Medical history, General physical examination and Oral examination
A thorough history is taken before the examination regarding duration and frequency of tobacco use in any form like cigarette, beedi, chewing pan, gutka, khaini etc and of alcohol consumption.
Oral examination: A careful examination of entire inner cavity of the mouth which includes the roof of mouth, back of the throat, and inside of cheeks and lips is then carried out. The doctor looks for red or white patches or any other abnormal areas over head, neck or face. He/she also examines for any lumps, swelling or any other problem with the nerves of mouth or face. If any abnormal area is found during examination, it is confirmed by further tests which are detailed below.
- Brush cytology: In this test, the suspected area/lesion is brushed and the cells are looked at under microscope for abnormal cells by a pathologist.
- Fine Needle Aspiration Cytology (FNAC): FNAC is generally used to diagnose metastatic carcinoma of head and neck, in the cervical region. In this test, a thin needle which is attached to a syringe is used to draw few cells from the suspected lump or swelling. These cells are smeared onto a glass slide, then stained and examined under microscope by a pathologist to examine for abnormal cells.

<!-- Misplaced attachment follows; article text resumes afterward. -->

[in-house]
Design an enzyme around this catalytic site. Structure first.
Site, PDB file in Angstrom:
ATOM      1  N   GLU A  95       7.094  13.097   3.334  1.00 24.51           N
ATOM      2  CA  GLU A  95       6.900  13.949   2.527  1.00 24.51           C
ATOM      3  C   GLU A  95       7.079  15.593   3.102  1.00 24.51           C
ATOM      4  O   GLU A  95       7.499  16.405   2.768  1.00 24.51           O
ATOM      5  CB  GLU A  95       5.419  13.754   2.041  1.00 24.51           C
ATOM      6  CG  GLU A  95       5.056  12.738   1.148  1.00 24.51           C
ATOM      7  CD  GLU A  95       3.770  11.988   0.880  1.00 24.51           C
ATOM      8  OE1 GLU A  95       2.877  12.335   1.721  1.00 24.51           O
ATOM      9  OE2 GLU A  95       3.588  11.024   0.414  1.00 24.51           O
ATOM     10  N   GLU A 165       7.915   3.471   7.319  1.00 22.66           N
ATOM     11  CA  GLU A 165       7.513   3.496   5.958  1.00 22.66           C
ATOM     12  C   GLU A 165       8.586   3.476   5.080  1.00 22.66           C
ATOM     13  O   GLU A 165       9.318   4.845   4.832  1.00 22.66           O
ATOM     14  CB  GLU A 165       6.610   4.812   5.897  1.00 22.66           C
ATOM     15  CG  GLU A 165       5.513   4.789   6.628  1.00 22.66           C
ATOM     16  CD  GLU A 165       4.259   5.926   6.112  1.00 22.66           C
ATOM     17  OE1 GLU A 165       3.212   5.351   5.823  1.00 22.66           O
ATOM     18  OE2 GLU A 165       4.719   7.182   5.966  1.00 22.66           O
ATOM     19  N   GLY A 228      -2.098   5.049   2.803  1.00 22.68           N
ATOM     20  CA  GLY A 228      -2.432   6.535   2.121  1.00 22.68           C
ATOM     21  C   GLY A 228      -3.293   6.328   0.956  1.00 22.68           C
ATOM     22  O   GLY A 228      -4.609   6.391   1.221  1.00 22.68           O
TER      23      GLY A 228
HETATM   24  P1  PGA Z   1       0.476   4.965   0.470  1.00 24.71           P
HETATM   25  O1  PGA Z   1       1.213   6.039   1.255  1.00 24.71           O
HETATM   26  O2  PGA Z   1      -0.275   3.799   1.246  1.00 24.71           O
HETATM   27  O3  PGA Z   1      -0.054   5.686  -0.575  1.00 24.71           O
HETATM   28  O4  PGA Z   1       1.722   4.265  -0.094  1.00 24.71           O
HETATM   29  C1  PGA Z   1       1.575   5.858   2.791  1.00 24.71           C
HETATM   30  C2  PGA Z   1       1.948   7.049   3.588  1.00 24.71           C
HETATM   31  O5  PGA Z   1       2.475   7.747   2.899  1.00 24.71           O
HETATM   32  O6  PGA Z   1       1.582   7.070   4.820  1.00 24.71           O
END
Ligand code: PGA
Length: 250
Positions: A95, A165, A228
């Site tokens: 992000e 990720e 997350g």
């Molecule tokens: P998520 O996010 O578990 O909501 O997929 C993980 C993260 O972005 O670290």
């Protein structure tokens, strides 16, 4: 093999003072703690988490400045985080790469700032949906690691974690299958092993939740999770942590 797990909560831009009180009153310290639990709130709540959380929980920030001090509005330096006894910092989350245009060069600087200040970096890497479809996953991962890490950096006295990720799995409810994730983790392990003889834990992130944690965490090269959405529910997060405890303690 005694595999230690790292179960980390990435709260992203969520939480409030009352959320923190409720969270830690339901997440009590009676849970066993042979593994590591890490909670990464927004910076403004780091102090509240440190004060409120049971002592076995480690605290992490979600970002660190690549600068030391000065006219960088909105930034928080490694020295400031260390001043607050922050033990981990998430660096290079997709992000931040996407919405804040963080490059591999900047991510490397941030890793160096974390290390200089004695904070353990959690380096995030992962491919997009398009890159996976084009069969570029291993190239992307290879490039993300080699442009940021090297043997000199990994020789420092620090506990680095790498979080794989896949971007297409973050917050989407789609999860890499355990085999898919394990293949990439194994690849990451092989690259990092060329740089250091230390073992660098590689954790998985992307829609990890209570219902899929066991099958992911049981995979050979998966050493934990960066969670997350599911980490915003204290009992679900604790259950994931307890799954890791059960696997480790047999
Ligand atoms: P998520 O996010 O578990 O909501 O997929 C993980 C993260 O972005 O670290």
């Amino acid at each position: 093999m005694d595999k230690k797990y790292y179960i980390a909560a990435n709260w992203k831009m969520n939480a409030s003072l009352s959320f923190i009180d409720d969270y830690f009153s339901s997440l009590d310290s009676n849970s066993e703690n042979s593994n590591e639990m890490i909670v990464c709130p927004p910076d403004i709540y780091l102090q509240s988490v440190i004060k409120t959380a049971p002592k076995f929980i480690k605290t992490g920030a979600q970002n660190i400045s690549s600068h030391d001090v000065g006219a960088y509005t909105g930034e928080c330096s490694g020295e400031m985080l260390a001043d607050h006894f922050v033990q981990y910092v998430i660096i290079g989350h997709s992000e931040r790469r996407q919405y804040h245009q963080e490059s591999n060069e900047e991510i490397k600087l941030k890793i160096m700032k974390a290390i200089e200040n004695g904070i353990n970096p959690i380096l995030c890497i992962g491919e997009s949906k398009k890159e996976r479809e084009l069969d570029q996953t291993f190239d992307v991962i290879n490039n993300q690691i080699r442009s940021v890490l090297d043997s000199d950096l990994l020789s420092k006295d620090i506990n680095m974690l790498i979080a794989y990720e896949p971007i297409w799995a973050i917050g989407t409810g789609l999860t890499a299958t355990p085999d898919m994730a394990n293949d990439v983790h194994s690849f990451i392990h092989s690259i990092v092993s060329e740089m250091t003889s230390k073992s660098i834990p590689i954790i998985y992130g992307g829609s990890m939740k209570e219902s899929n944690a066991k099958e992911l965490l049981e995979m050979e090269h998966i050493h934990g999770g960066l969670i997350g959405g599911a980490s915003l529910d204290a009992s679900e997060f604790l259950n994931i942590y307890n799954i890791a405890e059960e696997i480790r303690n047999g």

- Biopsy: A small piece of tissue is taken from suspicious area using a punch biopsy instrument. Sometimes it may be done under the guidance of endoscopy, if the lesion is not easily accessible. This tissue is processed in the laboratory and examined for presence or absence of cancer.
Imaging tests are done to confirm the diagnosis, document the extent of spread of disease, staging etc. The most common diagnostic imaging tests are X-rays, CT scan, MRI and PET scan.
Human Papillomavirus (HPV) Testing: Oral cancers with HPV infection are on the rise. Doctors may test the biopsy sample for the presence of HPV infection as the possible cause.
During a da Vinci robotic surgery procedure, the surgeon makes a few tiny incisions to insert miniaturized instruments and a high-definition camera inside the patient. The camera allows the surgeon to view a highly magnified, high-resolution 3-D image of the surgical site.
Seated comfortably at an ergonomically designed console, with eyes and hands in line with the instruments, the surgeon uses controls below the viewer to move the instrument arms and camera. The da Vinci Surgical System then translates, in real time, the surgeon’s hand, wrist and finger movements into precise movements of the instruments inside the patient.
Throughout a da Vinci robotic surgery procedure, the surgeon controls every surgical maneuver. The system cannot be programmed or act in any way without the surgeon’s input.